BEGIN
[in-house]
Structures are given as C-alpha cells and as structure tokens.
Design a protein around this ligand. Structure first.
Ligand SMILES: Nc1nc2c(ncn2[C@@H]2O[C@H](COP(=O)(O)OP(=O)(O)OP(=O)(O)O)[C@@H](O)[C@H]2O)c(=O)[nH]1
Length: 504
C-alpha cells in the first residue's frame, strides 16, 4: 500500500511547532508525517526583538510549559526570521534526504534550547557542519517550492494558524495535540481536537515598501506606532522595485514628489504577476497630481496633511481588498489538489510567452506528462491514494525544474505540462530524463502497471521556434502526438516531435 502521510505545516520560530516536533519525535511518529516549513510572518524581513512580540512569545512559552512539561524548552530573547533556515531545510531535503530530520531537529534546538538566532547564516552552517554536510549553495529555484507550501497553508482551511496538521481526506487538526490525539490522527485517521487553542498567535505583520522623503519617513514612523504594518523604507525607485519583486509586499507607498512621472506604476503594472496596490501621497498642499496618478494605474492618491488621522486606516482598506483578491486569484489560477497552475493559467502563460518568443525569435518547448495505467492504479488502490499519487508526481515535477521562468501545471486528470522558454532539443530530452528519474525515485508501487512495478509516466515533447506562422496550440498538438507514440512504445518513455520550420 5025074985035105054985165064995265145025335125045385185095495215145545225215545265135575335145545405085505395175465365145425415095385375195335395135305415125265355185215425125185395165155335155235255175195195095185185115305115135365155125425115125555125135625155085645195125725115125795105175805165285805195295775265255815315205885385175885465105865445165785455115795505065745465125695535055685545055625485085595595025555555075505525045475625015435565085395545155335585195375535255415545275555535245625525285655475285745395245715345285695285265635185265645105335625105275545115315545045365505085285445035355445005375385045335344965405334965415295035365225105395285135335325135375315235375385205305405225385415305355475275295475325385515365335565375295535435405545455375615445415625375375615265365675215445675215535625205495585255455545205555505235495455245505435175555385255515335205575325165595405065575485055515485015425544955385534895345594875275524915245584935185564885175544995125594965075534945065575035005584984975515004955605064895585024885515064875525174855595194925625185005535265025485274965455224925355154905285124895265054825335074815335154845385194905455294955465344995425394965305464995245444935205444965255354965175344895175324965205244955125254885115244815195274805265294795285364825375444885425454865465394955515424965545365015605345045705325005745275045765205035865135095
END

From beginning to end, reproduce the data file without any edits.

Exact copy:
[in-house]
Structures are given as C-alpha cells and as structure tokens.
Design a protein around this ligand. Structure first.
Ligand SMILES: Nc1nc2c(ncn2[C@@H]2O[C@H](COP(=O)(O)OP(=O)(O)OP(=O)(O)O)[C@@H](O)[C@H]2O)c(=O)[nH]1
Length: 504
C-alpha cells in the first residue's frame, strides 16, 4: 500500500511547532508525517526583538510549559526570521534526504534550547557542519517550492494558524495535540481536537515598501506606532522595485514628489504577476497630481496633511481588498489538489510567452506528462491514494525544474505540462530524463502497471521556434502526438516531435 502521510505545516520560530516536533519525535511518529516549513510572518524581513512580540512569545512559552512539561524548552530573547533556515531545510531535503530530520531537529534546538538566532547564516552552517554536510549553495529555484507550501497553508482551511496538521481526506487538526490525539490522527485517521487553542498567535505583520522623503519617513514612523504594518523604507525607485519583486509586499507607498512621472506604476503594472496596490501621497498642499496618478494605474492618491488621522486606516482598506483578491486569484489560477497552475493559467502563460518568443525569435518547448495505467492504479488502490499519487508526481515535477521562468501545471486528470522558454532539443530530452528519474525515485508501487512495478509516466515533447506562422496550440498538438507514440512504445518513455520550420 5025074985035105054985165064995265145025335125045385185095495215145545225215545265135575335145545405085505395175465365145425415095385375195335395135305415125265355185215425125185395165155335155235255175195195095185185115305115135365155125425115125555125135625155085645195125725115125795105175805165285805195295775265255815315205885385175885465105865445165785455115795505065745465125695535055685545055625485085595595025555555075505525045475625015435565085395545155335585195375535255415545275555535245625525285655475285745395245715345285695285265635185265645105335625105275545115315545045365505085285445035355445005375385045335344965405334965415295035365225105395285135335325135375315235375385205305405225385415305355475275295475325385515365335565375295535435405545455375615445415625375375615265365675215445675215535625205495585255455545205555505235495455245505435175555385255515335205575325165595405065575485055515485015425544955385534895345594875275524915245584935185564885175544995125594965075534945065575035005584984975515004955605064895585024885515064875525174855595194925625185005535265025485274965455224925355154905285124895265054825335074815335154845385194905455294955465344995425394965305464995245444935205444965255354965175344895175324965205244955125254885115244815195274805265294795285364825375444885425454865465394955515424965545365015605345045705325005745275045765205035865135095